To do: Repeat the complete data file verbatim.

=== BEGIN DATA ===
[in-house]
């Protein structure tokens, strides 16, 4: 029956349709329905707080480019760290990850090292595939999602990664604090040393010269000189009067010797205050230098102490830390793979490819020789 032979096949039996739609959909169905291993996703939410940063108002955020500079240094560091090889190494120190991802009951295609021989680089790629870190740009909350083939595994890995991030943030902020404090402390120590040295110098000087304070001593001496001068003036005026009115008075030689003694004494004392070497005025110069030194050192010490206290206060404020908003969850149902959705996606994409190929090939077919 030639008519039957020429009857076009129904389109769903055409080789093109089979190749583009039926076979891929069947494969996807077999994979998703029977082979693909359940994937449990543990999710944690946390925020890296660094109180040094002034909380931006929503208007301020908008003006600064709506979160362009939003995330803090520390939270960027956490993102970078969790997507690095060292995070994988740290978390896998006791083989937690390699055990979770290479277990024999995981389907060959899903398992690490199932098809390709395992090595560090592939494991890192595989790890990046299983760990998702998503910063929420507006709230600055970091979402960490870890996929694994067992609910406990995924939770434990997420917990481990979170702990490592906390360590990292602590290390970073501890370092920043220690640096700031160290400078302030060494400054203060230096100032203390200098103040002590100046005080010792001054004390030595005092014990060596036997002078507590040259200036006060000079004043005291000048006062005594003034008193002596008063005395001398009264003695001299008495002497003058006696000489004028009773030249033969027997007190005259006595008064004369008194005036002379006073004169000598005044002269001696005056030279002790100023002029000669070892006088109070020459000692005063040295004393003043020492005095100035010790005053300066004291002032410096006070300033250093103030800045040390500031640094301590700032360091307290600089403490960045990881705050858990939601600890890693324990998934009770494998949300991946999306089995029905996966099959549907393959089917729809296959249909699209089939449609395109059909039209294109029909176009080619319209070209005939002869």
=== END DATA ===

[in-house]
């Protein structure tokens, strides 16, 4: 029956349709329905707080480019760290990850090292595939999602990664604090040393010269000189009067010797205050230098102490830390793979490819020789 032979096949039996739609959909169905291993996703939410940063108002955020500079240094560091090889190494120190991802009951295609021989680089790629870190740009909350083939595994890995991030943030902020404090402390120590040295110098000087304070001593001496001068003036005026009115008075030689003694004494004392070497005025110069030194050192010490206290206060404020908003969850149902959705996606994409190929090939077919 030639008519039957020429009857076009129904389109769903055409080789093109089979190749583009039926076979891929069947494969996807077999994979998703029977082979693909359940994937449990543990999710944690946390925020890296660094109180040094002034909380931006929503208007301020908008003006600064709506979160362009939003995330803090520390939270960027956490993102970078969790997507690095060292995070994988740290978390896998006791083989937690390699055990979770290479277990024999995981389907060959899903398992690490199932098809390709395992090595560090592939494991890192595989790890990046299983760990998702998503910063929420507006709230600055970091979402960490870890996929694994067992609910406990995924939770434990997420917990481990979170702990490592906390360590990292602590290390970073501890370092920043220690640096700031160290400078302030060494400054203060230096100032203390200098103040002590100046005080010792001054004390030595005092014990060596036997002078507590040259200036006060000079004043005291000048006062005594003034008193002596008063005395001398009264003695001299008495002497003058006696000489004028009773030249033969027997007190005259006595008064004369008194005036002379006073004169000598005044002269001696005056030279002790100023002029000669070892006088109070020459000692005063040295004393003043020492005095100035010790005053300066004291002032410096006070300033250093103030800045040390500031640094301590700032360091307290600089403490960045990881705050858990939601600890890693324990998934009770494998949300991946999306089995029905996966099959549907393959089917729809296959249909699209089939449609395109059909039209294109029909176009080619319209070209005939002869």